When the runner is due for replacement, that area will also need refinishing due to the tooling and work required to remove it and patching up around it. The ply plates are also a worry. I have recently helped repair a ply planga that had sat down hard on a rock rubble during falling did which was choppy in the same mooring area. the rubble had enough height to punch through 9mm quality marine ply. We had to take off the bottom finish to check how far the damage traveled, cut it out, patch in a replacement, fill in the edge with goo made from epoxy and wood dust, glass it on both sides with scraps of 450gsm db left over from my skiff and then refinish the entire boat bottom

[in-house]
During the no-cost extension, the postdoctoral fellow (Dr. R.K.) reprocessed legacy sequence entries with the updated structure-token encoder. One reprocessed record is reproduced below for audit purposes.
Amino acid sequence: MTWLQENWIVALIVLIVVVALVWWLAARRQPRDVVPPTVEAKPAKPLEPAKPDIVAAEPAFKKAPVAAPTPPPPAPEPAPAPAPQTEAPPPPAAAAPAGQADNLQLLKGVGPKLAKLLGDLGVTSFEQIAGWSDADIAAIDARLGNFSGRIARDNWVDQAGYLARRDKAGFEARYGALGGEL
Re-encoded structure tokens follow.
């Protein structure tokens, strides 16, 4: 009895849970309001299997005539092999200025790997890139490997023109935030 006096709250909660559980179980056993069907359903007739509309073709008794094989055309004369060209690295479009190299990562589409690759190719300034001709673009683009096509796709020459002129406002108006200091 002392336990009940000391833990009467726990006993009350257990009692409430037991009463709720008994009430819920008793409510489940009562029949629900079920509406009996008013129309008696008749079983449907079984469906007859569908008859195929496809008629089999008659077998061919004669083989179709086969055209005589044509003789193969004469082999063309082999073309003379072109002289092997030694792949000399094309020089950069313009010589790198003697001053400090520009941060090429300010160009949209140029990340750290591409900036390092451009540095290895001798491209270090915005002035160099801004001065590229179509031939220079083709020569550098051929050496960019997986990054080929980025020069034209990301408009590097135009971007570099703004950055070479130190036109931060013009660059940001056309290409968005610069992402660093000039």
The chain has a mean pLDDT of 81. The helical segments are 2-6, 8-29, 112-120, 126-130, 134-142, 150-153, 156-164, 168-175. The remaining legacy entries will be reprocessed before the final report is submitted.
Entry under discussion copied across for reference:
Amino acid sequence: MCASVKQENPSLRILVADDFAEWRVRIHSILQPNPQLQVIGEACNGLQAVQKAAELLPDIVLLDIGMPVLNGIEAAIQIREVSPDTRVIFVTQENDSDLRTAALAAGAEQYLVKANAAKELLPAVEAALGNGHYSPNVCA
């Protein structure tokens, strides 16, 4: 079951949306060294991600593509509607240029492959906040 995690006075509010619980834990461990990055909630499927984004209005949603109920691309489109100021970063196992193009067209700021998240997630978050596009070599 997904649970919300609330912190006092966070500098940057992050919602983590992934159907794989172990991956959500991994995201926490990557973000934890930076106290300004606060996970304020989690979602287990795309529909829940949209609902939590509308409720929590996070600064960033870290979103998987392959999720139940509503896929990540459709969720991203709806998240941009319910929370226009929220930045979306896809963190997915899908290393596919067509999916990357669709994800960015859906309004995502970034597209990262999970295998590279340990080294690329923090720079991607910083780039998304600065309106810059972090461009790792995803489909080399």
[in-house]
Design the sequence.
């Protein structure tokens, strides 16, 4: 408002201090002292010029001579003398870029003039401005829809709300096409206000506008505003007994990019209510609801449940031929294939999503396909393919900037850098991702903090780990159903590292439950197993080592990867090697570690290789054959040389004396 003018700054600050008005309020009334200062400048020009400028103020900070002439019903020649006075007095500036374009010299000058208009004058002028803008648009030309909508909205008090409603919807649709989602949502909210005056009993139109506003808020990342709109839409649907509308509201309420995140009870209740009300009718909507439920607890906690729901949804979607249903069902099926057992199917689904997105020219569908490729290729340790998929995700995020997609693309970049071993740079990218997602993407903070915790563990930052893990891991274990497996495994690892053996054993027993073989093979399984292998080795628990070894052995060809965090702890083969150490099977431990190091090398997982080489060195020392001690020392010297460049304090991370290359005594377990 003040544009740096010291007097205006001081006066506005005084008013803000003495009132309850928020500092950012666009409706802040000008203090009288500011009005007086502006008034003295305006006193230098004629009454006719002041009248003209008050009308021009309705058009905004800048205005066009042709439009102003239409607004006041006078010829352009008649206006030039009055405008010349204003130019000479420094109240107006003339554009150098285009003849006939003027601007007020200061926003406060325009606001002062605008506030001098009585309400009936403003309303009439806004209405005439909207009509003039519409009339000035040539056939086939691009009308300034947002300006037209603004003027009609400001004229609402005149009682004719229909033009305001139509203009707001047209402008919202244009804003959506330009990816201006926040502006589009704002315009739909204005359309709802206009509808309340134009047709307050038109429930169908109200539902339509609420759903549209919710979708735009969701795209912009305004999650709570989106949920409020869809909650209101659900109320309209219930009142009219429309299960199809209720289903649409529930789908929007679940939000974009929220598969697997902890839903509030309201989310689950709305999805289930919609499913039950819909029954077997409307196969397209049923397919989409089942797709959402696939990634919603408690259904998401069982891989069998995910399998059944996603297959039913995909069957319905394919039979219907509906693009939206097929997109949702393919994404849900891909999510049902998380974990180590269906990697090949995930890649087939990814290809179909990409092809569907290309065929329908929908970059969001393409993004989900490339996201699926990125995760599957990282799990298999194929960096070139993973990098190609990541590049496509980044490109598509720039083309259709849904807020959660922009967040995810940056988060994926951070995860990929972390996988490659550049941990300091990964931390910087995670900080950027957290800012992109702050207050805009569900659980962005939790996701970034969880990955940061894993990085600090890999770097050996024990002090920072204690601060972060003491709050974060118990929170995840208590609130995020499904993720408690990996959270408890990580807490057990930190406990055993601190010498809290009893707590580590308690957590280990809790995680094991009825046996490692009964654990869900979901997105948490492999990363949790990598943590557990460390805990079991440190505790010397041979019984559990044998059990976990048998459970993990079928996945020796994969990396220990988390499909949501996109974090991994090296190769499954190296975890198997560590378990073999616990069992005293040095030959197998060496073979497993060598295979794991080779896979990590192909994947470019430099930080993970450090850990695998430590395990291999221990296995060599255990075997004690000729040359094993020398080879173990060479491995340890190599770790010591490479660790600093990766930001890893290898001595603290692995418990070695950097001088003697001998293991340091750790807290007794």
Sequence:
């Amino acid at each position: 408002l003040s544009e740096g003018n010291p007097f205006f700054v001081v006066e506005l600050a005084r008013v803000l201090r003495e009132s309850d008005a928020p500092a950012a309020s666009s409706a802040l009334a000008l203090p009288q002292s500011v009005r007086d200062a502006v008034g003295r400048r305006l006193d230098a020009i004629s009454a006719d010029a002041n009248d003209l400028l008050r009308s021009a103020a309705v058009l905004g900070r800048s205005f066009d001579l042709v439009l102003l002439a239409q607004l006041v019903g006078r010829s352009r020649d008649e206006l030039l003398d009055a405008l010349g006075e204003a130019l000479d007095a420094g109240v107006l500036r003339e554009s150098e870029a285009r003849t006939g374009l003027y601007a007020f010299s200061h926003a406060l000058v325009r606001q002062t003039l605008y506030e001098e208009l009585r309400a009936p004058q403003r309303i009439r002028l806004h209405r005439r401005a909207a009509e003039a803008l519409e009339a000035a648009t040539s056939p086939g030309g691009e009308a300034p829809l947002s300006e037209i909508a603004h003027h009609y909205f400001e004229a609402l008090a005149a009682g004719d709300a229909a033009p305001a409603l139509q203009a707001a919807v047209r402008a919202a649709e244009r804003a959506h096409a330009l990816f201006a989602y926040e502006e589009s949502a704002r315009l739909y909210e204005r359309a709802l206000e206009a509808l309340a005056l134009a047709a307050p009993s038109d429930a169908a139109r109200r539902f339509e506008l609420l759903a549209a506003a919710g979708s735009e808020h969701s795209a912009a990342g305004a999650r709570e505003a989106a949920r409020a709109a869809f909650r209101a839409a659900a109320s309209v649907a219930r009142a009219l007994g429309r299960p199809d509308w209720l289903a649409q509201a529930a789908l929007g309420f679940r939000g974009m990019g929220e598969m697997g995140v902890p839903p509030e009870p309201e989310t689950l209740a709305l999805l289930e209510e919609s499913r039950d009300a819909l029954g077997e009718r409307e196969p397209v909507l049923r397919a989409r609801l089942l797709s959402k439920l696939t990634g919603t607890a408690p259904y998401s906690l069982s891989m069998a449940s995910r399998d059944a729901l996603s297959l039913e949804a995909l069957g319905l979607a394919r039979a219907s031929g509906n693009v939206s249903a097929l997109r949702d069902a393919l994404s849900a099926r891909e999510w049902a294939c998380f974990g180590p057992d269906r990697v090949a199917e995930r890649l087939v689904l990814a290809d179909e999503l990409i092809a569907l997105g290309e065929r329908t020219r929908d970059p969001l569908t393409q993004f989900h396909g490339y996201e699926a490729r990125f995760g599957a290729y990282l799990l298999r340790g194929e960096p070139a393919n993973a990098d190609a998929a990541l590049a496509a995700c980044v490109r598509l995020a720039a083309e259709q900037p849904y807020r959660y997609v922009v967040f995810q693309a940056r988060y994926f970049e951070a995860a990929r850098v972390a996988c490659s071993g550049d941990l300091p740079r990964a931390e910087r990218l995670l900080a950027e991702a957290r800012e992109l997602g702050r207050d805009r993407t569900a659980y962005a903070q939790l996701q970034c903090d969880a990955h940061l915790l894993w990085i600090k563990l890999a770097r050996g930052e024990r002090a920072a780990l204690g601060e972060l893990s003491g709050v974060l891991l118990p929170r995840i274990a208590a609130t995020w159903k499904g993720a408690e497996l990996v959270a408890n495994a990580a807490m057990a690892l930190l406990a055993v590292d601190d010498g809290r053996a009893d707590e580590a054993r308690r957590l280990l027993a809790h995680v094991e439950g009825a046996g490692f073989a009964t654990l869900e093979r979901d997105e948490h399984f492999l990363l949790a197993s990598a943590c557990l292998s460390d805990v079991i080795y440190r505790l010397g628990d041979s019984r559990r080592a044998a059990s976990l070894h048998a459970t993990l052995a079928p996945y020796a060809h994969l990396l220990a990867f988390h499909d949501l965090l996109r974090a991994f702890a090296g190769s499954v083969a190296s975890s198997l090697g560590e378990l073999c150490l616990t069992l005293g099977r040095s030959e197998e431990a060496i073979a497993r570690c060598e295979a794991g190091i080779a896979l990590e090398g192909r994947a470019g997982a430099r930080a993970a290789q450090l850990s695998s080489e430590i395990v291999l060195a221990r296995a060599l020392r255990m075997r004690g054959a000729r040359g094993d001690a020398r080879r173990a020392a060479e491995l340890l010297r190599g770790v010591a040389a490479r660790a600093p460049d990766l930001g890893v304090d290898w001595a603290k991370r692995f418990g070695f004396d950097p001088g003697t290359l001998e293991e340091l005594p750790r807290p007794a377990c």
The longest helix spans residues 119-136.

PVC foam/glass
    I have a fear that it will just get chewed up lot quicker then ply/glass, will require constant babying and not be the liberating worry free utility experience. It certainly will be a good choice around three years down the track with my development timeline of the mooring area

    Steel
    Too heavy and will rust if paint gets scraped. Will take time to rust through but removing rust to stop it from spreading and refinishing would become a priority that I dont need

    Aluminum
    Can be made to work, still be a lot heavier though. There is a 30' cat close by that was bought specifically for toughness for mooring on these flats that can go dry. Its a pig even with a pair of 200hp that are on it and is now put aside on grass looking for a buyer. I have been consulting with the foreman of that boatyard as he will be the welding guy if I ever build from alloy. We are setting this material aside for the moment due to material stress and fatigue reasons if built light enough for 40hp motors

    Plascore/glass